For two decades Darius ran Ballet Cymru from his house in Newport. He stored costumes in his loft and sets in a shed at the bottom of the garden. Rehearsals took place in school halls and derelict buildings where broken glass had to be swept up before the dancers arrived.

“Somebody said ‘why don’t you go for Lottery funding to get a premises’,” recalls Darius. “We did a feasibility study and looked all over Newport for a space.”

None of the buildings he inspected fitted the bill. They were either too expensive or didn’t offer the big, open space required by a dance studio. Then he visited the former crèche on an industrial estate near Junction 27 of the M4. It wasn’t glamorous – some of his dancers were horrified when they were shown the derelict space – but Darius saw an opportunity.

A woman (Kristal Lowe) in the main space rehearsal space at Ballet Cymru
Krystal Lowe at Ballet Cymru, Newport, Wales

A capital grant from The Arts Council of Wales helped unlock about £500,000 of funding – enough to buy the building and turn it into a bespoke dance studio. “People couldn’t believe how much we’d done with that amount of money,” he says.

The building, which opened in March 2014, has given Ballet Cymru a platform to expand its operations and build its reputation. “The quality of what we’re doing is much, much better and that means we can recruit better dancers and better teachers,” says Darius. The building has had a massive impact on the standard of the company and the quality of what we can put on stage has just shot up.”

As well as providing a temperature-controlled rehearsal space for its company of 12 dancers, the dance studio supports a range of other initiatives. They include the Pre-Professional Programme, a scheme that offers training and work experience to young dancers negotiating the difficult period between dance school and a job at a dance company.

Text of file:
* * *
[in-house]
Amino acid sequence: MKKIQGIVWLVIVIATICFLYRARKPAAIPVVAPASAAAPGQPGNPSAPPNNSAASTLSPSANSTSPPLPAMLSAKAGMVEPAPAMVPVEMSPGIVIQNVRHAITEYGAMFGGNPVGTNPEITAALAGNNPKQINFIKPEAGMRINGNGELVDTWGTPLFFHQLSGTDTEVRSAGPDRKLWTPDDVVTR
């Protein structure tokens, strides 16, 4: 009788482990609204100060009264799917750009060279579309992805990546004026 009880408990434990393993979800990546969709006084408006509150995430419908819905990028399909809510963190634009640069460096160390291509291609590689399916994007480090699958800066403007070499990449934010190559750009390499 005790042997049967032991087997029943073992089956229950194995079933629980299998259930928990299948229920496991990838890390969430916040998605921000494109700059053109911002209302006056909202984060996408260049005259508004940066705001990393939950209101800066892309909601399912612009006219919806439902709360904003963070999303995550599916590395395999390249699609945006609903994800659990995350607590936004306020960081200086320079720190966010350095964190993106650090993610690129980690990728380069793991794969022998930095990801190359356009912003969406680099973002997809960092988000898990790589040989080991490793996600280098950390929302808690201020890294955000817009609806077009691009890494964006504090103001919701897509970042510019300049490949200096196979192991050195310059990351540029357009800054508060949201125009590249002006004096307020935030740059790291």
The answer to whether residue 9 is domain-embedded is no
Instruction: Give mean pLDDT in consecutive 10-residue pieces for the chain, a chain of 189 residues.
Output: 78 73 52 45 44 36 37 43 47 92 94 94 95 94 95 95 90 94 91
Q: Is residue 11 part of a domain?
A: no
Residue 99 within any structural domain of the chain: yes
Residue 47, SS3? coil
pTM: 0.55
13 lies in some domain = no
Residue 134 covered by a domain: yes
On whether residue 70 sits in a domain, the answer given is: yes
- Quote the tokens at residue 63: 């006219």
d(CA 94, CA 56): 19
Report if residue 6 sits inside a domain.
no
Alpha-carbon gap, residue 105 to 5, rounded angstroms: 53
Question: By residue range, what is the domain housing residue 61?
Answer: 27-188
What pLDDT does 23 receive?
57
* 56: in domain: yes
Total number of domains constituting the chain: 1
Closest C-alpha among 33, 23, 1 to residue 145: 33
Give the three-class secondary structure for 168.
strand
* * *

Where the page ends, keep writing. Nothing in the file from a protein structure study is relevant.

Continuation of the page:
“They [pre-professional students] take classes with the company and if they’re good enough they come on tour with us,” says Darius. “Independent choreographers come in and work with them and we make a portfolio for them. We’ve had people from Belgium, Finland and China – people from all around the world and we couldn’t have done it without the studio.”

Another initiative supported by the building is Duets, is the brainchild of Ballet Cymru’s Assistant Artist Director, Amy Doughty. The scheme aims to offer dance opportunities (ballet in particular) to children who would not normally have access to it.

“We work closely with schools – head teachers and family liaison officers – to identify kids deemed most in need or hard to reach and give them two years of free dance training,” explains Amy. “Every Tuesday, a coach picks up a group of about 25 kids from a school in Cardiff and brings them to Ballet Cymru. Two weeks ago we had a sold out premiere of Romeo and Juliet at The Riverfront [a theatre in Newport] and had a curtain raiser from the Duets children.”

Using funding from The Arts Council of Wales and The Paul Hamlyn Foundation, the Duets programme is being expanded to offer dance opportunities to children across Wales.

“Fundamentally, all of this – things like the Pre-Professional Programme and Duets - couldn’t happen without this building,” says Darius. “It’s become a hub for all these different things. We also work with four local schools whose students come in for a day once a year, do a workshop and have lunch with the dancers. They get to be part of a professional dance company for a day.”

Looking to the future, Darius has high hopes that Ballet Cymru will one day become Wales’ national ballet company. If that happens, it will be another milestone in a remarkable journey.

“When we first started going into community centres in Newport doing workshops, we used to cover up the word ‘ballet’ on the van because of the connotations that had for people,” he recalls. “Then halfway through the workshop we’d say ‘we’re a ballet company’ and kids would say ‘yeah, that’s cool’. More than 30 years down the track we’re still breaking down those boundaries – its integral to what we’ve become as a company.”